Suspected capital gains tax abuse by buy to let landlords is contributing to Britain’s mountain of £117 billion tax reliefs.
A report by the National Audit Office (NAO) looking into HM Revenue and Customs (HMRC) accounts for last year reveals principle private residence relief (PPR) climbed from £10.5 billion in 2012-13 to £18 billion in 2015-16.
PPR is claimed when property owners dispose of their main home.
Claims for the relief swelled by £1.7 billion last year.
The NAO believes HMRC is failing to scrutinise tax returns closely enough to check for fraudulent claims and that buy to let landlords and second home owners may be avoiding tax by falsely stating they have lived in a property.
The report also suggests increasing number of buy to let landlords are claiming PPR because they do not understand capital gains tax rules.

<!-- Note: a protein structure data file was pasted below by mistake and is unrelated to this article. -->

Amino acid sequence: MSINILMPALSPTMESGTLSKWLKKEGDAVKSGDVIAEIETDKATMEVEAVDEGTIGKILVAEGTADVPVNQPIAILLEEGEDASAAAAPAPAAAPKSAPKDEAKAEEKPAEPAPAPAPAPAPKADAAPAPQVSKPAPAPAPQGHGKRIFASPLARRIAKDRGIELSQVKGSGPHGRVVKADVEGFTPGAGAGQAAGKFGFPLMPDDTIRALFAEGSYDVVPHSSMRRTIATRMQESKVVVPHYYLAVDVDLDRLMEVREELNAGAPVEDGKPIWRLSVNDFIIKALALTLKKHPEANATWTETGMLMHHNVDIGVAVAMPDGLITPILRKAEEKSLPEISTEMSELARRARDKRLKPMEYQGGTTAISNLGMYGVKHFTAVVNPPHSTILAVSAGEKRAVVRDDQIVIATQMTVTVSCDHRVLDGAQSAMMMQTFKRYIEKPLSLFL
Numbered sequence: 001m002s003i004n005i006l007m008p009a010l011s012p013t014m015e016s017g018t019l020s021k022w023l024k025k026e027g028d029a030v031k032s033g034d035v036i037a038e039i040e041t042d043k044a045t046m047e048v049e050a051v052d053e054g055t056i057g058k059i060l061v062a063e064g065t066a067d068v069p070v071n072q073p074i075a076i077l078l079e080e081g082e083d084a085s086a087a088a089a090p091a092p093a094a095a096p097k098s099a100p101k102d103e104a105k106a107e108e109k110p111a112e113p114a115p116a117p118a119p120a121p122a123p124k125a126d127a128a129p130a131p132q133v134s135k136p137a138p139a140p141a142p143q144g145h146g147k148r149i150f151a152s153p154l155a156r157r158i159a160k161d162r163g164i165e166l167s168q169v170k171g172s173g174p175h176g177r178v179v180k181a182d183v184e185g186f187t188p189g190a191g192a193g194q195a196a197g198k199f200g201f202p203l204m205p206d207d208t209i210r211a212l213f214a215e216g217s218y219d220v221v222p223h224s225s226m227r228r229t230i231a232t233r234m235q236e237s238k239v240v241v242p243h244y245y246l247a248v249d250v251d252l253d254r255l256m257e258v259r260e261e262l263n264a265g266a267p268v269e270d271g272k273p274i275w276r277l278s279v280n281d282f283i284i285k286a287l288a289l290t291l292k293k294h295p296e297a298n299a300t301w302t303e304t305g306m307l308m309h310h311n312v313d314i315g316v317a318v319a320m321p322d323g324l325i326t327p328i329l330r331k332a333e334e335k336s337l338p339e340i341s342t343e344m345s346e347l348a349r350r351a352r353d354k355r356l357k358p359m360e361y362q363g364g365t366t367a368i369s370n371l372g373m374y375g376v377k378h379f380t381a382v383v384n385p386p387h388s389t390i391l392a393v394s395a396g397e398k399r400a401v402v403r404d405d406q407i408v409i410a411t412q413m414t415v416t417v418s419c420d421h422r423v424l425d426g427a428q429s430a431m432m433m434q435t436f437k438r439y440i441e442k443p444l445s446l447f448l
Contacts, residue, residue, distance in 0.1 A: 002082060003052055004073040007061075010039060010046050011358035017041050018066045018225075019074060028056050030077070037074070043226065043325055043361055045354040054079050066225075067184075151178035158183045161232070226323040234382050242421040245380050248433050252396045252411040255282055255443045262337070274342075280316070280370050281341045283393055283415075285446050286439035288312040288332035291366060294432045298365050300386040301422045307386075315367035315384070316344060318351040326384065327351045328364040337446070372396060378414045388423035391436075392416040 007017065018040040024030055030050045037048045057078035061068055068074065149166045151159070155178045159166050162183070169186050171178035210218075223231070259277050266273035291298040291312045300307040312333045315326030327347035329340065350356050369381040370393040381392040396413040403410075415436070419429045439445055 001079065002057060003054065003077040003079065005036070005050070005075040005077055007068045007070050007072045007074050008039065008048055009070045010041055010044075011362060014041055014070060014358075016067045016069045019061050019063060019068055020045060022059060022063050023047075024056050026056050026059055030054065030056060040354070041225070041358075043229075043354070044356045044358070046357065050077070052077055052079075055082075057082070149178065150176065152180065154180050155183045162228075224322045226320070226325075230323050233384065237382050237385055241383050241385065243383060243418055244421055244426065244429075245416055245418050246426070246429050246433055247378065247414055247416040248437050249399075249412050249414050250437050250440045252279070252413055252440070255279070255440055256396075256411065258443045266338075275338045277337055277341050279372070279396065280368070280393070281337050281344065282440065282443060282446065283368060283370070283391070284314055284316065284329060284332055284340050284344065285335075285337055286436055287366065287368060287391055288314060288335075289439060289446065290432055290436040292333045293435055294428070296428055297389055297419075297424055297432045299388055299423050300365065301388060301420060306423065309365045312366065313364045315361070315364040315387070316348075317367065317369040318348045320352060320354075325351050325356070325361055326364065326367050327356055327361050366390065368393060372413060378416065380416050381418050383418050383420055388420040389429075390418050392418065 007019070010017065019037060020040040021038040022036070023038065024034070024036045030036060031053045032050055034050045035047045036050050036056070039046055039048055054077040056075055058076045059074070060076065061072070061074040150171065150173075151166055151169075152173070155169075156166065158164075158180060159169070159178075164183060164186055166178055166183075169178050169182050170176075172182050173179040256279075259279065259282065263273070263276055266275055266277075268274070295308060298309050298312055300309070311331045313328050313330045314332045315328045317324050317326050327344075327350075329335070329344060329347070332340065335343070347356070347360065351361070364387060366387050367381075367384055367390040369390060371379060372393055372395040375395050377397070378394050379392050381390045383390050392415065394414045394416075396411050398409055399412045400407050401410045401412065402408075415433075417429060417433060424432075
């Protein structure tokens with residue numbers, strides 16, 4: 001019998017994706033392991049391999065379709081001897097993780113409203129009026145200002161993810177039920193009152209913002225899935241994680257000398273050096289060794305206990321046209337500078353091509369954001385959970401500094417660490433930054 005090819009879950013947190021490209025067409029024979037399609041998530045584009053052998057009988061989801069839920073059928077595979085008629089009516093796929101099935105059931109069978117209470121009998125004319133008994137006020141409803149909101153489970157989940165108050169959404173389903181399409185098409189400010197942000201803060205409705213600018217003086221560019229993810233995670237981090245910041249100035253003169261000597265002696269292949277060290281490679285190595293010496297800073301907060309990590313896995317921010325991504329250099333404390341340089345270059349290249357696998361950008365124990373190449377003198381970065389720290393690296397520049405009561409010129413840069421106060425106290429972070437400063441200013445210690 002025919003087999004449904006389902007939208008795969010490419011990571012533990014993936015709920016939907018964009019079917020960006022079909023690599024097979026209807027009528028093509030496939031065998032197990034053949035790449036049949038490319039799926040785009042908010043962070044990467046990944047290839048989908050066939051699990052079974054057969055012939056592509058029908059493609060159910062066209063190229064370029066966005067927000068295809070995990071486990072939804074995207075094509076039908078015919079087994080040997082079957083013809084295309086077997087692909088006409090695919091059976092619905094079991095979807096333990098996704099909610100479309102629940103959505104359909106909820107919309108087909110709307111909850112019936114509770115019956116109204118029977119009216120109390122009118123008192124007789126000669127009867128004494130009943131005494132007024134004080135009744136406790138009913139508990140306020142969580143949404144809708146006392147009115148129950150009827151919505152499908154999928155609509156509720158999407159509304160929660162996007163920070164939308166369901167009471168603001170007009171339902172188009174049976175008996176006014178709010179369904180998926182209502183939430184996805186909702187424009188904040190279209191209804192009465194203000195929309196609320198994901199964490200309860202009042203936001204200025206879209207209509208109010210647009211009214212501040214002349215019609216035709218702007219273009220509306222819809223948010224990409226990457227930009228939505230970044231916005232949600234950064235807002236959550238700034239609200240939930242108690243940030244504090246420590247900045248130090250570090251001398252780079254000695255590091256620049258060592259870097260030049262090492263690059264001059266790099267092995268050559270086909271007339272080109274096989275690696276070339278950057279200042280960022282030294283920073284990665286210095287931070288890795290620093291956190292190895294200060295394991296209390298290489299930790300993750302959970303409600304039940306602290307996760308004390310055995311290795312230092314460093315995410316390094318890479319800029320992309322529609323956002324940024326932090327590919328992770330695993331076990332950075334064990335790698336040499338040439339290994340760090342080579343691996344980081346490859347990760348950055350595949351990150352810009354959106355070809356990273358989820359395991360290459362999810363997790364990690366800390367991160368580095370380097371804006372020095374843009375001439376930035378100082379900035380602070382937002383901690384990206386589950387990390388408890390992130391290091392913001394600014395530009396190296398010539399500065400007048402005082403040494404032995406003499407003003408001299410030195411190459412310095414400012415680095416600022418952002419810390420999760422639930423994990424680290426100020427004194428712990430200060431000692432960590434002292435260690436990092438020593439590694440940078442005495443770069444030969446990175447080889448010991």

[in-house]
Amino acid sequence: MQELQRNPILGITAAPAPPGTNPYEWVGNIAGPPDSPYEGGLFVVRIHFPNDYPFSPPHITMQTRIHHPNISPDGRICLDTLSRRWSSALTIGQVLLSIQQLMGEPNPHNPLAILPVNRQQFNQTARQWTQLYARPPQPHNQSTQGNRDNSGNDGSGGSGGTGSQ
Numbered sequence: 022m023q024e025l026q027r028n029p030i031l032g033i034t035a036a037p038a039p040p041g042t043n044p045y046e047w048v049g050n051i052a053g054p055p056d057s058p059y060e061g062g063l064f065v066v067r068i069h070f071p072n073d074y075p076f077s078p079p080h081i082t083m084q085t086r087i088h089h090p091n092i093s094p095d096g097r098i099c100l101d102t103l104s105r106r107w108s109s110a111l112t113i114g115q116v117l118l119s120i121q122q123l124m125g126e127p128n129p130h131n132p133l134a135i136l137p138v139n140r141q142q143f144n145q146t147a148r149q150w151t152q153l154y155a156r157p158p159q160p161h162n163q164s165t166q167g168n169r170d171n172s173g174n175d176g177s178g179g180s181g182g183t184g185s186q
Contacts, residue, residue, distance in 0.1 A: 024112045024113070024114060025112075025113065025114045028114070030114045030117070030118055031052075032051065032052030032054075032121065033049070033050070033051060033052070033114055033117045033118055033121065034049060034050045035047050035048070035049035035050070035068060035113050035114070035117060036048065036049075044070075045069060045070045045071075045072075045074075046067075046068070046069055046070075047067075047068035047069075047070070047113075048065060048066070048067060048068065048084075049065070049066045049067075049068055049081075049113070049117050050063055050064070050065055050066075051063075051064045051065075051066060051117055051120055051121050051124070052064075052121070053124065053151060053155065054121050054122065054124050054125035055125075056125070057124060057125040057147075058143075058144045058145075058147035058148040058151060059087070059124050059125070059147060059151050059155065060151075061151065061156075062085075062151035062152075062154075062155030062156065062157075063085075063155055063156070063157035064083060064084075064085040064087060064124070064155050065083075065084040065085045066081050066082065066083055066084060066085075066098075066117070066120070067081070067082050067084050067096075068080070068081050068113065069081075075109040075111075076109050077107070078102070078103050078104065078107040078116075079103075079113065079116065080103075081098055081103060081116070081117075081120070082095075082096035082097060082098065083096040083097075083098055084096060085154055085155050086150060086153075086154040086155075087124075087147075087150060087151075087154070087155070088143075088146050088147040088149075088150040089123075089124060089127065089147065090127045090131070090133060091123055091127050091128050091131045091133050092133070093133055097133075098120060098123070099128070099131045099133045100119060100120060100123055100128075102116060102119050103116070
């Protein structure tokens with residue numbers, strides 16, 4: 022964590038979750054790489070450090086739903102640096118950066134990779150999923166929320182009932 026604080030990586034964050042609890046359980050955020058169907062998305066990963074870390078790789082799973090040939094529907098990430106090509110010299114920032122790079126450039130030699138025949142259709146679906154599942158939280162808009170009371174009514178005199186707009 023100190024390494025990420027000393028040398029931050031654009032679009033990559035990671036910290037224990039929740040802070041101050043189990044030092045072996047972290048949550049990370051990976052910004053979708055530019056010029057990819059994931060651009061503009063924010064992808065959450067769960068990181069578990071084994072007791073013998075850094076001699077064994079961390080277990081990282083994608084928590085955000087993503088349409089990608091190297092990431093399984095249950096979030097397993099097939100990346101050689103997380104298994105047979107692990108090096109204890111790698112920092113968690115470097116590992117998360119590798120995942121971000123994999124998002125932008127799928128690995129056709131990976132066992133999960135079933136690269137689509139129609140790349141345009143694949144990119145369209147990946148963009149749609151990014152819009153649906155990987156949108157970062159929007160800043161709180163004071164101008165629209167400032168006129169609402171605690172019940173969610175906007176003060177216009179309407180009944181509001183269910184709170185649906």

“There are several restrictions and related reliefs which allow individuals to claim relief for two homes concurrently. This means more scrutiny may be needed to ensure people are following the rules correctly,” the NAO said.
“Reliefs reduce tax bills and may be exploited or used in ways which parliament did not intend.”
HMRC argues that PPR claims increased because the value of homes has risen and more are sold each year.
Since 2012, many homes in London and the South East have increased in value by at least a third.
“We ensure the right capital gains tax is paid by reviewing the data we hold and cross-checking against third-party information,” said a spokesman.
PPR was introduced to exempt property owners from capital gains tax on the sale of their main home.
Landlords can claim PPR and lettings relief if they sell a letting property that has been their main home some time during their ownership. The claim reduces any capital gains tax the property has generated.